As such, it seems the aviation industry is caught between a rock and a hard place. Resurrect international travel and they run the risk of a resurgence in COVID cases, but stifle cross-border traffic and they could witness many of Europe’s three million tourism-based businesses – 90% of which are small- or medium-sized enterprises – go under. Fortunately, the scientific and technological communities may have come up with a solution to the conundrum: the health passport.
In essence, this piece of intelligent software contains a digital record of a person’s COVID-19 testing history, allowing them to quickly and efficiently demonstrate their health to airport officials. One such system, CovidPass, uses blockchain technology to share sensitive health information without sacrificing privacy concerns. The idea is the brainchild of a World Economic Forum Young Global Leader and, unlike the track-and-trace apps that have been implemented with unconvincing success across the globe, does not monitor the movements of the person in question, but simply presents their health records.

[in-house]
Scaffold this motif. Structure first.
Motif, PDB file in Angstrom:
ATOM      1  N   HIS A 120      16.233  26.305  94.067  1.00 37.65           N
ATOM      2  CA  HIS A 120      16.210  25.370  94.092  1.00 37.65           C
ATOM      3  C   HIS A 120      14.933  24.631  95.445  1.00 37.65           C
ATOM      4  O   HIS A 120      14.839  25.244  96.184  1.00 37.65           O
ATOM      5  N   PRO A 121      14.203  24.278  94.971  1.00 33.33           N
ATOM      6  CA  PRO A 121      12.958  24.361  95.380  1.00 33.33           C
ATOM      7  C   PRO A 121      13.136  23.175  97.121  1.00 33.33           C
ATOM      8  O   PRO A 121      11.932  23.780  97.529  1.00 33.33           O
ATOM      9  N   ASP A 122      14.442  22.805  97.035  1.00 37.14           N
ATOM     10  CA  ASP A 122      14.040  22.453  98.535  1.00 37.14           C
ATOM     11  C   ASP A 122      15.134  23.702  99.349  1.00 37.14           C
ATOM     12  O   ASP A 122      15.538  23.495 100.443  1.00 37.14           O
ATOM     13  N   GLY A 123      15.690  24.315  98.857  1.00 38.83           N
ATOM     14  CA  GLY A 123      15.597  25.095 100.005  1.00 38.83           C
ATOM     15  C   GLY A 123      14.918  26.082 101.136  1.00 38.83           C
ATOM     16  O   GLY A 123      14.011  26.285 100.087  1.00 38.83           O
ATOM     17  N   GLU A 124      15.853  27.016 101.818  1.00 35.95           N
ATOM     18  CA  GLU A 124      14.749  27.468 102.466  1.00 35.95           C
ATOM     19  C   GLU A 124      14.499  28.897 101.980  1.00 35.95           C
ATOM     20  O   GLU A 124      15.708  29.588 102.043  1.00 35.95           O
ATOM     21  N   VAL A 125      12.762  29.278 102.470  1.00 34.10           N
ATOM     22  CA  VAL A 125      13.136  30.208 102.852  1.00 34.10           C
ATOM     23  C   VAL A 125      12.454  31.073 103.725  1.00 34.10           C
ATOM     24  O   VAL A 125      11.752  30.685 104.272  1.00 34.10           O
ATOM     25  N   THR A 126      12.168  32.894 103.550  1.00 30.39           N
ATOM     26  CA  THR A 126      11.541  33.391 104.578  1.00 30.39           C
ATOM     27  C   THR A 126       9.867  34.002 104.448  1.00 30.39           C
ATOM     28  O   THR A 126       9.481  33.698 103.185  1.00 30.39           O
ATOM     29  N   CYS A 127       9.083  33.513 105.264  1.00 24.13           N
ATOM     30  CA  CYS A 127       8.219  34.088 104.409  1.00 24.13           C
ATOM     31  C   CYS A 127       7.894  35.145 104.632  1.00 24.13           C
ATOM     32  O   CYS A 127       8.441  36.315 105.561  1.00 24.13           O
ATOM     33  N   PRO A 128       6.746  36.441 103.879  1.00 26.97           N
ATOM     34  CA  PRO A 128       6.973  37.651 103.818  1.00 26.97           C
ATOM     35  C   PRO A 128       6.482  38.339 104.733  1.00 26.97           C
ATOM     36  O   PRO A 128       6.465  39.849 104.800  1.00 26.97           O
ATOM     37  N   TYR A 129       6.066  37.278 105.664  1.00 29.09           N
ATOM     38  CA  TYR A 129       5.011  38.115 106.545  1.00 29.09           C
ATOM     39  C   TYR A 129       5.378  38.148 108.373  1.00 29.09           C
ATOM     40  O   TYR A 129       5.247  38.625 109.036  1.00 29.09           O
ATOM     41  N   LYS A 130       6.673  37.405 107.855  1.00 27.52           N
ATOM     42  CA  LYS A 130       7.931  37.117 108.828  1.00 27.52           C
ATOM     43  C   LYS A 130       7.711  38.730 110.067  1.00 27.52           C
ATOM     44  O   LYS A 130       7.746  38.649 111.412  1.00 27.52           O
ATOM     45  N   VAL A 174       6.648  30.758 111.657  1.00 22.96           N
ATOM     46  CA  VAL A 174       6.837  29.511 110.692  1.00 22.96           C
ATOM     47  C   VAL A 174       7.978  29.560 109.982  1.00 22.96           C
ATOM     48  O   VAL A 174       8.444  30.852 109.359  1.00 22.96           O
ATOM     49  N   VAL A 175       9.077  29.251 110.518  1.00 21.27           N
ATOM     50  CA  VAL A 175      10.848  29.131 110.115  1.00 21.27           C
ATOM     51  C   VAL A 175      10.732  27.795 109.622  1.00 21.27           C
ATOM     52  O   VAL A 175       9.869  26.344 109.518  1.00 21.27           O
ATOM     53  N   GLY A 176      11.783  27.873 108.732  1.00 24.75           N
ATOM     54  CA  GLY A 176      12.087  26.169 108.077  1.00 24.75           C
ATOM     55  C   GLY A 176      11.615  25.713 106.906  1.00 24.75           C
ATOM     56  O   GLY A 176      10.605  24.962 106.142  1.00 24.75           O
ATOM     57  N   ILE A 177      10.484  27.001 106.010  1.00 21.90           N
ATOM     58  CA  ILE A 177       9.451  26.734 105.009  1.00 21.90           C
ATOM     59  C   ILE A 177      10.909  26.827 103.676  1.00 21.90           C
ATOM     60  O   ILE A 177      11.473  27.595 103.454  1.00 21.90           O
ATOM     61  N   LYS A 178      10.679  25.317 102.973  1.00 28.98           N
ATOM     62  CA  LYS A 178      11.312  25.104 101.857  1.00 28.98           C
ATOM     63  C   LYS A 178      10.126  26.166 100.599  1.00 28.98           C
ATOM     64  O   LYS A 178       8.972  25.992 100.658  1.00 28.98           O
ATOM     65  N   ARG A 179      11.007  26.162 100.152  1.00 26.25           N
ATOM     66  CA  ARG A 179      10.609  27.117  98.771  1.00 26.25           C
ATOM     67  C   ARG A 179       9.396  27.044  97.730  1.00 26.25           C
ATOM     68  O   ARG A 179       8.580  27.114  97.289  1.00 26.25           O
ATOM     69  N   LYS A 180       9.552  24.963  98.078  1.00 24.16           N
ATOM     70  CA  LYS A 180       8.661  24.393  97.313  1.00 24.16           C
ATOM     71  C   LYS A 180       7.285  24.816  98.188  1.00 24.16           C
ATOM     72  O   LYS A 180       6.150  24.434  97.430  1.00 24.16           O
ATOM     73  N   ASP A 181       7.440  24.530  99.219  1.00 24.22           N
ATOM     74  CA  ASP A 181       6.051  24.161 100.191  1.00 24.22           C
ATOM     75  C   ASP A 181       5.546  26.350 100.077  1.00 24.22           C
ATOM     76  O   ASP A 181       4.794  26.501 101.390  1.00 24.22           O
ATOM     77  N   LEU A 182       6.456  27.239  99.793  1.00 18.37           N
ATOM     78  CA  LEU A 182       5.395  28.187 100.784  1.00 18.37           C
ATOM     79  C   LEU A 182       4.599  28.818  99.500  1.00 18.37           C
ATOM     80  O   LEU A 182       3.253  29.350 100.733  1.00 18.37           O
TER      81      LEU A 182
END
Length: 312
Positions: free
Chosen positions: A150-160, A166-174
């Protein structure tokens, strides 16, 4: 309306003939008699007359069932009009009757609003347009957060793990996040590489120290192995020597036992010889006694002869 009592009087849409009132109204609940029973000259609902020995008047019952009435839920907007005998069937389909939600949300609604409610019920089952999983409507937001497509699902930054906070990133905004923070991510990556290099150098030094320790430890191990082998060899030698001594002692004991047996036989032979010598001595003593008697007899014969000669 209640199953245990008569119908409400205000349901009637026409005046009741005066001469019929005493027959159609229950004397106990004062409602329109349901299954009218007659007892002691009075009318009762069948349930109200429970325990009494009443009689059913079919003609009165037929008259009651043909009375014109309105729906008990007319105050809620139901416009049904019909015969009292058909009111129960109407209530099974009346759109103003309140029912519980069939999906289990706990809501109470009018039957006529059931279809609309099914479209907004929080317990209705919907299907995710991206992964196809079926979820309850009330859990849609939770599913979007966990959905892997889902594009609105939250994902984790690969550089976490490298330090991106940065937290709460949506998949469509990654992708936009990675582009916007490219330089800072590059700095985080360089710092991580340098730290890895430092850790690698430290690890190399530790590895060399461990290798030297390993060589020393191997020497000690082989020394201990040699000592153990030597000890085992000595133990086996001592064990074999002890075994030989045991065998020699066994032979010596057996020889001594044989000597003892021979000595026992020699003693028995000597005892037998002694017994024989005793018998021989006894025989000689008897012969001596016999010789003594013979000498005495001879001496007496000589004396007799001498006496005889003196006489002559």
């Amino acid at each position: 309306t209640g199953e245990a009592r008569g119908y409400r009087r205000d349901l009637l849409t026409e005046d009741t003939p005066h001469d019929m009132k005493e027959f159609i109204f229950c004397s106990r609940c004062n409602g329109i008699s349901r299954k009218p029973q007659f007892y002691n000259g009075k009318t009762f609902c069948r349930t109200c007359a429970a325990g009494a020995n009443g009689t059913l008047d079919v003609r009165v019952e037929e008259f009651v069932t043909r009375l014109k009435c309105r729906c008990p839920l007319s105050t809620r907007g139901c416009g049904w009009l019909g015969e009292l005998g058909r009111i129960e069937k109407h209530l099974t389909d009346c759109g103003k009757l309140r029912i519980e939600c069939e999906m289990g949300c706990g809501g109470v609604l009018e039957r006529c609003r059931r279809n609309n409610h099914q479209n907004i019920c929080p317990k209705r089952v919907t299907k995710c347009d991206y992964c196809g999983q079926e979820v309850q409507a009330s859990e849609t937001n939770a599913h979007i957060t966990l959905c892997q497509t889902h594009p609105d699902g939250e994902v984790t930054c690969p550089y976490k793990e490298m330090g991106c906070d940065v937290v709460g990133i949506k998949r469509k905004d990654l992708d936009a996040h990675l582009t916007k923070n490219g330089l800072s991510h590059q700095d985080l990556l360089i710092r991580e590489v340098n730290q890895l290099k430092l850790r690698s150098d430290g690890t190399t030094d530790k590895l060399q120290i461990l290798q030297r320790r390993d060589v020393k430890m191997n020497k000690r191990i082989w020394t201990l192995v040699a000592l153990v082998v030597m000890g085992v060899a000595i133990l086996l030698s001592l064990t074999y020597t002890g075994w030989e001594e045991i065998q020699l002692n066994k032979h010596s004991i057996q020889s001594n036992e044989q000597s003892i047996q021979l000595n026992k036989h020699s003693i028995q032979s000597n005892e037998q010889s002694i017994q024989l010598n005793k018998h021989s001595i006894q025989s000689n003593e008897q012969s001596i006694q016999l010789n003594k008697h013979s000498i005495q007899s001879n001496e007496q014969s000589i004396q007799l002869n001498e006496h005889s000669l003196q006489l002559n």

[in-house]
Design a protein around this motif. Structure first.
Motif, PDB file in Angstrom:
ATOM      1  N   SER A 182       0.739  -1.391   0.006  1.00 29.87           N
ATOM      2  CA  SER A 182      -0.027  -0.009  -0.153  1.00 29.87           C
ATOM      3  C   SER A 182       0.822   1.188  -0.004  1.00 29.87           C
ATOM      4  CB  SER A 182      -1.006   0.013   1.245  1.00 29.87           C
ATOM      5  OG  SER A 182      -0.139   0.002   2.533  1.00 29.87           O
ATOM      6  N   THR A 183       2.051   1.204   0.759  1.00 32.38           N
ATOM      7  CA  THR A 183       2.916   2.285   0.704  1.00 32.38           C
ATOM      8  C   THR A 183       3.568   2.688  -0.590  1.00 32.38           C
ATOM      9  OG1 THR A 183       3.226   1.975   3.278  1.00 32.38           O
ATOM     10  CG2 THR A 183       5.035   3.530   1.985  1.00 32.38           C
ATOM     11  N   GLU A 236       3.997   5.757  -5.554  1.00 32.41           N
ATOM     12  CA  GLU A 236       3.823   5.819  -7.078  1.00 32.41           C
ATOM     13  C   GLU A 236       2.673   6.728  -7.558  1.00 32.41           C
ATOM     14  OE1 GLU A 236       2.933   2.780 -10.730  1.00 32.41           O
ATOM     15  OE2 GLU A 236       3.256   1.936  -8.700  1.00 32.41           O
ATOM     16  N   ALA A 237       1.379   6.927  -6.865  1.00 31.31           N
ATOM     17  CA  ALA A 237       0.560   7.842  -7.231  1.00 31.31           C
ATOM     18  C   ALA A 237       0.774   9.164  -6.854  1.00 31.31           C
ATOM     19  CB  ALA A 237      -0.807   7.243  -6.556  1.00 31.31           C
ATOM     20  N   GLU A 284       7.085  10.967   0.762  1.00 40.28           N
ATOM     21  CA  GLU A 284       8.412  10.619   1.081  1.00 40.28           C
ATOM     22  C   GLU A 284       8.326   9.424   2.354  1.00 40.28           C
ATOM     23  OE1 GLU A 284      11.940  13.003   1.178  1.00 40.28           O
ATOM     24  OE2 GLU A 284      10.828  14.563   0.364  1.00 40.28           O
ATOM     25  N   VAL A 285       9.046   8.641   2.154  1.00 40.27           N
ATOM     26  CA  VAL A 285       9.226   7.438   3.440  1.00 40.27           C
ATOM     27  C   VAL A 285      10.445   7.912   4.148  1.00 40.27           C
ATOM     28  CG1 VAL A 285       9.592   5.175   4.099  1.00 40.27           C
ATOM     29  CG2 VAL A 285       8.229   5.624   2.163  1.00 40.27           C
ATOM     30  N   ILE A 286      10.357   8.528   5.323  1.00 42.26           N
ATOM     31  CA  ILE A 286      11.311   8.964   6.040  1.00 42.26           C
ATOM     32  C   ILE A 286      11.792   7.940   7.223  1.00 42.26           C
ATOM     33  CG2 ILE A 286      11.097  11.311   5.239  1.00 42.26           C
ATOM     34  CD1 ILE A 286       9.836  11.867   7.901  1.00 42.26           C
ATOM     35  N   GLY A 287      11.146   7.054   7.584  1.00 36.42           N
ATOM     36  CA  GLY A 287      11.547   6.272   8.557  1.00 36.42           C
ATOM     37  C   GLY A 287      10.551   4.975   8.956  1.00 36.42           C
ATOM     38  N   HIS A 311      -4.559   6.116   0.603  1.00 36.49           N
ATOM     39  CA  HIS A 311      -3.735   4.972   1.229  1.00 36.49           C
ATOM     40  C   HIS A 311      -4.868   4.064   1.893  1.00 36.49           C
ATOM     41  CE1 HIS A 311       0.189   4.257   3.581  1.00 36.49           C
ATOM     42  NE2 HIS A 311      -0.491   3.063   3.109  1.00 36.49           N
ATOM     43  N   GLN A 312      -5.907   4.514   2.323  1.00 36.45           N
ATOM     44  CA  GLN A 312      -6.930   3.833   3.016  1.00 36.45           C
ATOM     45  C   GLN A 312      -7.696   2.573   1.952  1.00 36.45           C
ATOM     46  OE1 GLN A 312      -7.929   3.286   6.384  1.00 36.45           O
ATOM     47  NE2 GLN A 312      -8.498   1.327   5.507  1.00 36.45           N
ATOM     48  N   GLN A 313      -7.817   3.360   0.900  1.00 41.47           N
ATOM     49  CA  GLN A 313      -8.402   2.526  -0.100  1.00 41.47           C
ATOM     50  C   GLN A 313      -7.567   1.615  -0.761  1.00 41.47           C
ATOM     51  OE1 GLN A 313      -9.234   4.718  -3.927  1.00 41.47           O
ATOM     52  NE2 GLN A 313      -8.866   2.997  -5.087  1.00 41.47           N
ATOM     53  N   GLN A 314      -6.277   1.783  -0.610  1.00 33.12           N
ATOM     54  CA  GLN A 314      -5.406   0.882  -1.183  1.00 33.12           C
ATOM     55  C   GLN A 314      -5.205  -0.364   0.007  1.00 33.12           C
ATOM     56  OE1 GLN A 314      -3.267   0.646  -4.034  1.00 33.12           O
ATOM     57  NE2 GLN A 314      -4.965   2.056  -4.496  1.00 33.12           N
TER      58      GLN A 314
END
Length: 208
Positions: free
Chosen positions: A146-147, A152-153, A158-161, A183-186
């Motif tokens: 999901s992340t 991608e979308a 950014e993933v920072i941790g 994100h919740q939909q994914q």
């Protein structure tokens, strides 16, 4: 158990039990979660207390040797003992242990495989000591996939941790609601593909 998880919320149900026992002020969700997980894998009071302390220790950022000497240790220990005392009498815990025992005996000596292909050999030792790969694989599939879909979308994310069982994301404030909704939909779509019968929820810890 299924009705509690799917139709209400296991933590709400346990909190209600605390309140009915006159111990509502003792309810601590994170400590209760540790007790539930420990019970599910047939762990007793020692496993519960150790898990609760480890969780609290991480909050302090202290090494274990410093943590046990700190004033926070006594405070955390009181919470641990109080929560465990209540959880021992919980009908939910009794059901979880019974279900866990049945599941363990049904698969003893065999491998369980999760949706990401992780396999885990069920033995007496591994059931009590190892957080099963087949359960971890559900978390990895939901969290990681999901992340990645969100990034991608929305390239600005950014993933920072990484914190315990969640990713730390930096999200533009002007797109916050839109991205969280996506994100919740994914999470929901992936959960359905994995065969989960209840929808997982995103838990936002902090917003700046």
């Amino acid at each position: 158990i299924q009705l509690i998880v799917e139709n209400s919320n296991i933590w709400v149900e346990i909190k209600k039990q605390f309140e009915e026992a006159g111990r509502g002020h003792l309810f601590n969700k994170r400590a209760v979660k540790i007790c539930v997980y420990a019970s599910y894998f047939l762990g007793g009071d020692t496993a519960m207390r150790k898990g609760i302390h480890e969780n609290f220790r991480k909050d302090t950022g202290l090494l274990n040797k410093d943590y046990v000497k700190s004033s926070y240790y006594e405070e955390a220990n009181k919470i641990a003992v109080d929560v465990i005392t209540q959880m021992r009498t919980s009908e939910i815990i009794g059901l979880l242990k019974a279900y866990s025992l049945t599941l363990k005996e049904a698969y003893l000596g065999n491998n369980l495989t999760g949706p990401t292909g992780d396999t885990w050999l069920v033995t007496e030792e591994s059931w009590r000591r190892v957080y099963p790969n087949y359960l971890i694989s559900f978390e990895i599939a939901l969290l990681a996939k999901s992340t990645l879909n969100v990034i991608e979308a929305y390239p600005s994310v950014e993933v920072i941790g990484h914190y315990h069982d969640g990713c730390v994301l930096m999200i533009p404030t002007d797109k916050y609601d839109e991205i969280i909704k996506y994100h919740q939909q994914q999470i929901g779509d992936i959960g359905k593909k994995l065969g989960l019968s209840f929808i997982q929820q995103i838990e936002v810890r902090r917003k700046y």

Another app, Certus myHealthPass, has been developed by Switzerland’s SICPA on the basis of its Certus brand of tamper-proof certificates. As the firm explains, Certus uses blockchain technology to generate tamper-proof QR codes authenticating data, such as physical and digital certificates; that same approach could soon be applied to certify COVID-19 vaccination status, once a vaccine is made available. myHealthPass is already scheduled for use by professional sports bodies such as the Russian Federation and is being investigated by football teams such as AS Monaco to certify the non-infection of spectators at matches. It’s believed the lucrative Premier League in England is monitoring the potential solution with interest, as well.